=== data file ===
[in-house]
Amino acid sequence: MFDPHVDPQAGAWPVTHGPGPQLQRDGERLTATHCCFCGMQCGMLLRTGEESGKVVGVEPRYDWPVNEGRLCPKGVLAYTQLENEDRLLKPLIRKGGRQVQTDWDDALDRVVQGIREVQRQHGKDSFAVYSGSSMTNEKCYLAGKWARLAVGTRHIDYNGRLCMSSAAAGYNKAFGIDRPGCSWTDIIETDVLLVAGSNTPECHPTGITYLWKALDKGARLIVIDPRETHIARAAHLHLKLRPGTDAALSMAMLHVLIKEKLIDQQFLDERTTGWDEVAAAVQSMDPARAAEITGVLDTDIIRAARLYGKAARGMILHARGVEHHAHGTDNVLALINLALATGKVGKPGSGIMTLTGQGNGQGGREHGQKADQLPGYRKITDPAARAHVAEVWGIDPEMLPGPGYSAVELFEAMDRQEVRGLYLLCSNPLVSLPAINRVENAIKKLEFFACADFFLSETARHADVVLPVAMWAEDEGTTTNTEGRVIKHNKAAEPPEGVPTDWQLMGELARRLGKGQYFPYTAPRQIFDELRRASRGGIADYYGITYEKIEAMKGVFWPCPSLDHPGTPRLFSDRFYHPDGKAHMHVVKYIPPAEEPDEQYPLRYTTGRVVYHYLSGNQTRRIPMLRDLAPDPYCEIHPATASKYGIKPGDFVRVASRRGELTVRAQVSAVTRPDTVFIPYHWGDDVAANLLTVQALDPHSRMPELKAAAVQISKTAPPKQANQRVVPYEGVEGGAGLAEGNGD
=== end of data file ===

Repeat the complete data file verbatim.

[in-house]
Amino acid sequence: MFDPHVDPQAGAWPVTHGPGPQLQRDGERLTATHCCFCGMQCGMLLRTGEESGKVVGVEPRYDWPVNEGRLCPKGVLAYTQLENEDRLLKPLIRKGGRQVQTDWDDALDRVVQGIREVQRQHGKDSFAVYSGSSMTNEKCYLAGKWARLAVGTRHIDYNGRLCMSSAAAGYNKAFGIDRPGCSWTDIIETDVLLVAGSNTPECHPTGITYLWKALDKGARLIVIDPRETHIARAAHLHLKLRPGTDAALSMAMLHVLIKEKLIDQQFLDERTTGWDEVAAAVQSMDPARAAEITGVLDTDIIRAARLYGKAARGMILHARGVEHHAHGTDNVLALINLALATGKVGKPGSGIMTLTGQGNGQGGREHGQKADQLPGYRKITDPAARAHVAEVWGIDPEMLPGPGYSAVELFEAMDRQEVRGLYLLCSNPLVSLPAINRVENAIKKLEFFACADFFLSETARHADVVLPVAMWAEDEGTTTNTEGRVIKHNKAAEPPEGVPTDWQLMGELARRLGKGQYFPYTAPRQIFDELRRASRGGIADYYGITYEKIEAMKGVFWPCPSLDHPGTPRLFSDRFYHPDGKAHMHVVKYIPPAEEPDEQYPLRYTTGRVVYHYLSGNQTRRIPMLRDLAPDPYCEIHPATASKYGIKPGDFVRVASRRGELTVRAQVSAVTRPDTVFIPYHWGDDVAANLLTVQALDPHSRMPELKAAAVQISKTAPPKQANQRVVPYEGVEGGAGLAEGNGD